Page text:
AoIR 2005 - Internet generations conference
I have just returned from a week in Chicago, where I attended and presented a paper at AoIR 6.0 [the Association of Internet researchers]. Its theme this year was Internet Generations, which like most conference themes was deliberately broad and encouraging of all manner of papers. There were, as usual, an abundance of quantitative researchers who embrace the challenge of documenting who, how many, where and how often people use the internet, blogs and technological tools in numeric form. Whilst I find some of their theories, debates and kaleidoscopic diagrams interesting there is still a significant gulf between their concerns and mine. As Kris noted in his thoughts on AoIR 2004, there is sometimes surprisingly little common ground between papers of similar topics, such as blogging. This is not a complaint. It is actually very useful in contextualising my own work. For instance I was placed in a session called Visuals: Photoblogs and Visual Communication, in which the papers could not have contrasted more. They were not at all what I expected to enage with. One explored photoblogging as a new computerization movement whilst the other looked at socio-communicative orientation of student use of blogs. Both talked in terms of text and numbers and presented ideas in large scale graphs whilst I told stories and used images to describe my work. I am still chewing over how to make sense of these differences in terms of how I see my work and how to frame it in similar circumstances in the future.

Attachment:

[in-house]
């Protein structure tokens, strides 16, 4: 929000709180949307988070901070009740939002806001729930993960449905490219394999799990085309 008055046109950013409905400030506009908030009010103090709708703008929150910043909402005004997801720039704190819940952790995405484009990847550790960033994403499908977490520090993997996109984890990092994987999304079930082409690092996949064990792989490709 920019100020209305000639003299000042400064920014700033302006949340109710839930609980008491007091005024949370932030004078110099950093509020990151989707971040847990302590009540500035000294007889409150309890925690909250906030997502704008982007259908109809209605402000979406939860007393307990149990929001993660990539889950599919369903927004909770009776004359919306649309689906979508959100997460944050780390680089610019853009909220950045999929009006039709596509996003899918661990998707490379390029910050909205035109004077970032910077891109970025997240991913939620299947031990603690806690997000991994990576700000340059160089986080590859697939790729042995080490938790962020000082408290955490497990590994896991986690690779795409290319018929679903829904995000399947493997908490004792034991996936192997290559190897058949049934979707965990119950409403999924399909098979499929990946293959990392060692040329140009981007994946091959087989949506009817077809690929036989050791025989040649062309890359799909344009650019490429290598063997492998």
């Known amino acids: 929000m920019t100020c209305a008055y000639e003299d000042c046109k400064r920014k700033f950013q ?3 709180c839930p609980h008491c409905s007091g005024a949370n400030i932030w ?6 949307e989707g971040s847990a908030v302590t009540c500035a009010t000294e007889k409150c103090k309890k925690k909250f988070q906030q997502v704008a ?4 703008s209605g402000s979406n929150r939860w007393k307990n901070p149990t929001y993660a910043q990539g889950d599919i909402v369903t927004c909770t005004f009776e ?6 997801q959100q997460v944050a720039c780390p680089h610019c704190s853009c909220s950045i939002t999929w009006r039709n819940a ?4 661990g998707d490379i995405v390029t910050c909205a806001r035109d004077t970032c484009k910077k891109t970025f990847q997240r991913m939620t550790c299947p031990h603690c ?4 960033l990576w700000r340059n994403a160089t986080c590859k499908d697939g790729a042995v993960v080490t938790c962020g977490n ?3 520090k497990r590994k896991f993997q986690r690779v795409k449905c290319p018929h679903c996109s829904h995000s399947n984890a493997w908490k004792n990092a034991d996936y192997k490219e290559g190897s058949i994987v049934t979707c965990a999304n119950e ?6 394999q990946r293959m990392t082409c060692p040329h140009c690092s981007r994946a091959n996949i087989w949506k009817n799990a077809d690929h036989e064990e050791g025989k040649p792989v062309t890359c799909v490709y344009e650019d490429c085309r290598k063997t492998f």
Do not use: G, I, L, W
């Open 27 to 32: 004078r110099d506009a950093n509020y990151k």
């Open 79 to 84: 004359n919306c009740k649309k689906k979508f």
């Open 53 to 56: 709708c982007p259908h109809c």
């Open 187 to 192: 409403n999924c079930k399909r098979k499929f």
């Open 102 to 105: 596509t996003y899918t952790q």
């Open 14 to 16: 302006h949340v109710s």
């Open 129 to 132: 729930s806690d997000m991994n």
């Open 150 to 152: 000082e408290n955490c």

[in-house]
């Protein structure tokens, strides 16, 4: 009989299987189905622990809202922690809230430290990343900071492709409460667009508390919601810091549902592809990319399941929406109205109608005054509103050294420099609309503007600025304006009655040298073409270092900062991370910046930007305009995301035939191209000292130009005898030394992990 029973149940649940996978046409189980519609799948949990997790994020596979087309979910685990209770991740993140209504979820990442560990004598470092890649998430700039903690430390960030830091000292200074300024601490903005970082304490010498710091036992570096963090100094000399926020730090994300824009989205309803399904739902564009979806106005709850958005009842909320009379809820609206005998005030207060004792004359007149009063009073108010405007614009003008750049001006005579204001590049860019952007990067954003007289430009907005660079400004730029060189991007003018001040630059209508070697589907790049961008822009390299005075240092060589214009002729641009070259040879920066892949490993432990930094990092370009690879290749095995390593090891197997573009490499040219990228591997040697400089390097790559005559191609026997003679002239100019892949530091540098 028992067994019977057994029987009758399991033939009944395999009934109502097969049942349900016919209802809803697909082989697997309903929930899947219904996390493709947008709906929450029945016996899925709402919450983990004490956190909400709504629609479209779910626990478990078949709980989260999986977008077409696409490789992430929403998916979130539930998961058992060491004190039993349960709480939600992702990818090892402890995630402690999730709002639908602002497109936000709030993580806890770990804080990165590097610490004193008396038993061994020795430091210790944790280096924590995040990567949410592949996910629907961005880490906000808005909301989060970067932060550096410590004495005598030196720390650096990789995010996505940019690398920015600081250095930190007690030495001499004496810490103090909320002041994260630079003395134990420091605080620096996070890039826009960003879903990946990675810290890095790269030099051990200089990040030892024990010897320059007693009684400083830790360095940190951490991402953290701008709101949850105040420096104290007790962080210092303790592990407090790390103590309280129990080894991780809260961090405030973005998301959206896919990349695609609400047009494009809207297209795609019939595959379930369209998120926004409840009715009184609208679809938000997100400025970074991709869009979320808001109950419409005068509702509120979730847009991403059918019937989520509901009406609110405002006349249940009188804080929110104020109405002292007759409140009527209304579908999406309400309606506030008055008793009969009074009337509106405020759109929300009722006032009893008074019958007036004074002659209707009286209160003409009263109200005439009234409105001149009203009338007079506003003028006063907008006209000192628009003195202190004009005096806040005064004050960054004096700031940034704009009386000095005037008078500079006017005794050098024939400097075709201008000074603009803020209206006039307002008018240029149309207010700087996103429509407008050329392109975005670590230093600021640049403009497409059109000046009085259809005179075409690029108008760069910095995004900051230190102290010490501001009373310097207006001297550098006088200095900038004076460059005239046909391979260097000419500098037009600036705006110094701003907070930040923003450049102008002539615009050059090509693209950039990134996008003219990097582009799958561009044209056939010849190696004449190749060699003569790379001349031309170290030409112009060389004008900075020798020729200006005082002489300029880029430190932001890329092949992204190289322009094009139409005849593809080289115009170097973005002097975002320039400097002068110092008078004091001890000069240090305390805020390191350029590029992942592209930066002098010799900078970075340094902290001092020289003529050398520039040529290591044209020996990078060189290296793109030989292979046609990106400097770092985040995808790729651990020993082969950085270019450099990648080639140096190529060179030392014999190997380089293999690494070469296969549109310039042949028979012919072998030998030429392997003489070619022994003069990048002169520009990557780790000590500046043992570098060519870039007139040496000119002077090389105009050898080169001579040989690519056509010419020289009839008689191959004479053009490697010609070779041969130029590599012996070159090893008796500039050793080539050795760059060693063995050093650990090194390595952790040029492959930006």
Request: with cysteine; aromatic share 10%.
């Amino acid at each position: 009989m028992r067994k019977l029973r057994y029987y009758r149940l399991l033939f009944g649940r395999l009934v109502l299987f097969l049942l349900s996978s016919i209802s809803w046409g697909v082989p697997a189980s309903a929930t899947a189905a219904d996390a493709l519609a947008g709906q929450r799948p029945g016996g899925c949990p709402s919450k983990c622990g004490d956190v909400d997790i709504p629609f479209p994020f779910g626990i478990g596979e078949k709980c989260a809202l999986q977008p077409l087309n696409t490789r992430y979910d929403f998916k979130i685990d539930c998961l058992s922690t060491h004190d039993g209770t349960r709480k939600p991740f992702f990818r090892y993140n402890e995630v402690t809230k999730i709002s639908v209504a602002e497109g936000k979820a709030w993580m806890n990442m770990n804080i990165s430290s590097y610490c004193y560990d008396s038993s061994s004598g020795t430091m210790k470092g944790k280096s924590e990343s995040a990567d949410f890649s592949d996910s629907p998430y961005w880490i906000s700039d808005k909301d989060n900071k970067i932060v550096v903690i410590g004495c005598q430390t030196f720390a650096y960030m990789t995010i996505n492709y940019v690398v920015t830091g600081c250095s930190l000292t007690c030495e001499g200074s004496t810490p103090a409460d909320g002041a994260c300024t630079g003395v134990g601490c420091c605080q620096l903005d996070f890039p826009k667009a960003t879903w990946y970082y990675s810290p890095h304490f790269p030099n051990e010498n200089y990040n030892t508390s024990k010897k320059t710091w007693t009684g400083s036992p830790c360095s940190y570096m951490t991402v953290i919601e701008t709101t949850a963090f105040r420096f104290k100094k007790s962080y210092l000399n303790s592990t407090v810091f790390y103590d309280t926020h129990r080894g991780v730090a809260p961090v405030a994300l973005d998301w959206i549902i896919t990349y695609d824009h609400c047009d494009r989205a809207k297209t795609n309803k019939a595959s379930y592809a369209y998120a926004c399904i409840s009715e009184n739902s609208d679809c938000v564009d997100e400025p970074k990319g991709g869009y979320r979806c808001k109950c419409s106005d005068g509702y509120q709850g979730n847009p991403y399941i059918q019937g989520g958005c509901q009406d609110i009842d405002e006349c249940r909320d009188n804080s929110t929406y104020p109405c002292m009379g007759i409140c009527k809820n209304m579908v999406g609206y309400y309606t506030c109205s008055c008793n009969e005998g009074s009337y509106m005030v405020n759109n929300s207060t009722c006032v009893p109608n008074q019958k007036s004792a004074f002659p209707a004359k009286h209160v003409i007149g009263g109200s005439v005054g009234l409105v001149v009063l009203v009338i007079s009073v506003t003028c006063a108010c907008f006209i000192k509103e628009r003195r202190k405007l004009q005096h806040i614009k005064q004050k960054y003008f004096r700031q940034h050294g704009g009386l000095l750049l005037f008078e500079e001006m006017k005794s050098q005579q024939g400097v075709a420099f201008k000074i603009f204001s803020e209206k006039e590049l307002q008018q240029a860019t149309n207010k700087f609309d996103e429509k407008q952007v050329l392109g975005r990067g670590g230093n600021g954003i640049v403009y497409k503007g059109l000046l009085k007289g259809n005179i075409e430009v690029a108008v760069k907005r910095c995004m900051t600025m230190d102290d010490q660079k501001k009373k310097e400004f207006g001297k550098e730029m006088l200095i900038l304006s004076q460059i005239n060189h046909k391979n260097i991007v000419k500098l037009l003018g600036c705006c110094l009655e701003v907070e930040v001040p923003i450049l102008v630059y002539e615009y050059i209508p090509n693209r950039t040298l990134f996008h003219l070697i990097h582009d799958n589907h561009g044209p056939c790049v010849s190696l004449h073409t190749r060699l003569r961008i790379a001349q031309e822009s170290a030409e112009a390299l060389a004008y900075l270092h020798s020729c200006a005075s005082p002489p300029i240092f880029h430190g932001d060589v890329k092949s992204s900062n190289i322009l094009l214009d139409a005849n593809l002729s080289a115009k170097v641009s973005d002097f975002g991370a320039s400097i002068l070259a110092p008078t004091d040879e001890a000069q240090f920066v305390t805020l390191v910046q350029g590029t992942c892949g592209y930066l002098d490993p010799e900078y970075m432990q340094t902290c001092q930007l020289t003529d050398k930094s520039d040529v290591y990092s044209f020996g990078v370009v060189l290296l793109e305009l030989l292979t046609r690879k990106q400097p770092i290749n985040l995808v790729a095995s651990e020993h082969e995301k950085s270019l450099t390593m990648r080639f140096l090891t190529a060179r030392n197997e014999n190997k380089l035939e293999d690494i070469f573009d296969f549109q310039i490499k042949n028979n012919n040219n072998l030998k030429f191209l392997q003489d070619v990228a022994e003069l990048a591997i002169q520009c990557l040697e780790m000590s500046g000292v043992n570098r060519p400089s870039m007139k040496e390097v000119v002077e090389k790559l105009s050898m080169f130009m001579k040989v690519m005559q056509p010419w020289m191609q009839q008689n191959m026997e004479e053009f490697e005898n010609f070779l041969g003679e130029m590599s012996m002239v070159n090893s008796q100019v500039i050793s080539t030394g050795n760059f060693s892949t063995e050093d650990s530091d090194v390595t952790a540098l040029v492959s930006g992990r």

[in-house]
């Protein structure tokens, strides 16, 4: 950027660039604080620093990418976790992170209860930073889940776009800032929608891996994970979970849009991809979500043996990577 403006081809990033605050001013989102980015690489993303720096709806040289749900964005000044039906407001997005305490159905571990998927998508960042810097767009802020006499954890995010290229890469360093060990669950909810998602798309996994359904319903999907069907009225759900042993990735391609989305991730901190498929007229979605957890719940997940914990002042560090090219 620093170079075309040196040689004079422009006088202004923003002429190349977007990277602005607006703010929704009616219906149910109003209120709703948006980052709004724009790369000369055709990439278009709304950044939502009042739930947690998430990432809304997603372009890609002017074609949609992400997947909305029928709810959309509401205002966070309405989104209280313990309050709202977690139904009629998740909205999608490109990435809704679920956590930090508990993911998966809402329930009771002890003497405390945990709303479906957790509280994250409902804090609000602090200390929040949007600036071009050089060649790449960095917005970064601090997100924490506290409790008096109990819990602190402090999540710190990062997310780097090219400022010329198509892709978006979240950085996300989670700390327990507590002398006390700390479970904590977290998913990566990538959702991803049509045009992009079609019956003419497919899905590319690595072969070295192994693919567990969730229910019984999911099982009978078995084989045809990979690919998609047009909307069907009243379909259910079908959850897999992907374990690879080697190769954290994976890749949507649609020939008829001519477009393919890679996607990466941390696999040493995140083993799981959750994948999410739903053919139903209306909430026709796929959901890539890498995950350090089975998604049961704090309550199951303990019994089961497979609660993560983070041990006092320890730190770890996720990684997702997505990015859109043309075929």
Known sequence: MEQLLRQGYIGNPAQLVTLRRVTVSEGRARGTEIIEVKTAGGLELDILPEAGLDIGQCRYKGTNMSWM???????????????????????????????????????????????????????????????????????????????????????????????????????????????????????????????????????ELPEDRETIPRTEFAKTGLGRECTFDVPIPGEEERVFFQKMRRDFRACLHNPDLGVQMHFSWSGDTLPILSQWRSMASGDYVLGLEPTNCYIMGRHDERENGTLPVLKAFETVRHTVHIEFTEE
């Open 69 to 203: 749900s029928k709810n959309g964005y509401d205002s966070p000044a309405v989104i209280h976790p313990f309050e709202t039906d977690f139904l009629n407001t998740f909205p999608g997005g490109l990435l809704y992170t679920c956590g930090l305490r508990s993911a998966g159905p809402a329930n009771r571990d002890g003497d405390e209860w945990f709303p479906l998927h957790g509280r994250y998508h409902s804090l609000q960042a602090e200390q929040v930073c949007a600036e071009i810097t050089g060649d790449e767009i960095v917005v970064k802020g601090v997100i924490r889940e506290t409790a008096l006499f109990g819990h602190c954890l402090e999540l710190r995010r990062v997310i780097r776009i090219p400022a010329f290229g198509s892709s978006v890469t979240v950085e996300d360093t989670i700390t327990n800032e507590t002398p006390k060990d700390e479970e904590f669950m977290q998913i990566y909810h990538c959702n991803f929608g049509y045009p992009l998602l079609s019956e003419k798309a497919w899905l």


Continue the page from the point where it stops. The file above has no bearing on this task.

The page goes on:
I gave a paper about my bus research in which I looked at ways of seeing and researching with and through a blog; how the blog influences the research process and how my research influences the development of the blog. I talked about my experience of using a blog to gather, analyse and present data, about story telling (mine and other peoples via the 73 story blog), about managing multi-facted roles (how to cope with simultaneously being technical, a designer, blogger and researcher) and dealing with the transparency of an online process (how the act of blogging reveals the messy, awkward and ill-fitting fragments of research that are often cleaned and smoothed out in more formal research accounts).
It was an exhausting three and a half days, but I found the conference very useful in terms of how my area of research is being framed by different disciplines. It provided a supportive environment for networking and I found myself in much discussion after and around talks which was as valuable as the talks themselves (and sometimes more due to their brevity). Of particular interest to me was Lilia Efimova's paper on Not Documenting, Doing: Blogging as Research, Sonia Livingstone's keynote Youthful Experts? A Critical Appraisal of Children and Young People's Emerging Internet Literacy, and in terms of my Phd research, Alison Powell's The Politics of Visibilty; Wireless Internet Signals and Control of Urban Space.
Oh, and chicago was incredible. I was there just long enough to start planning ways and means to return.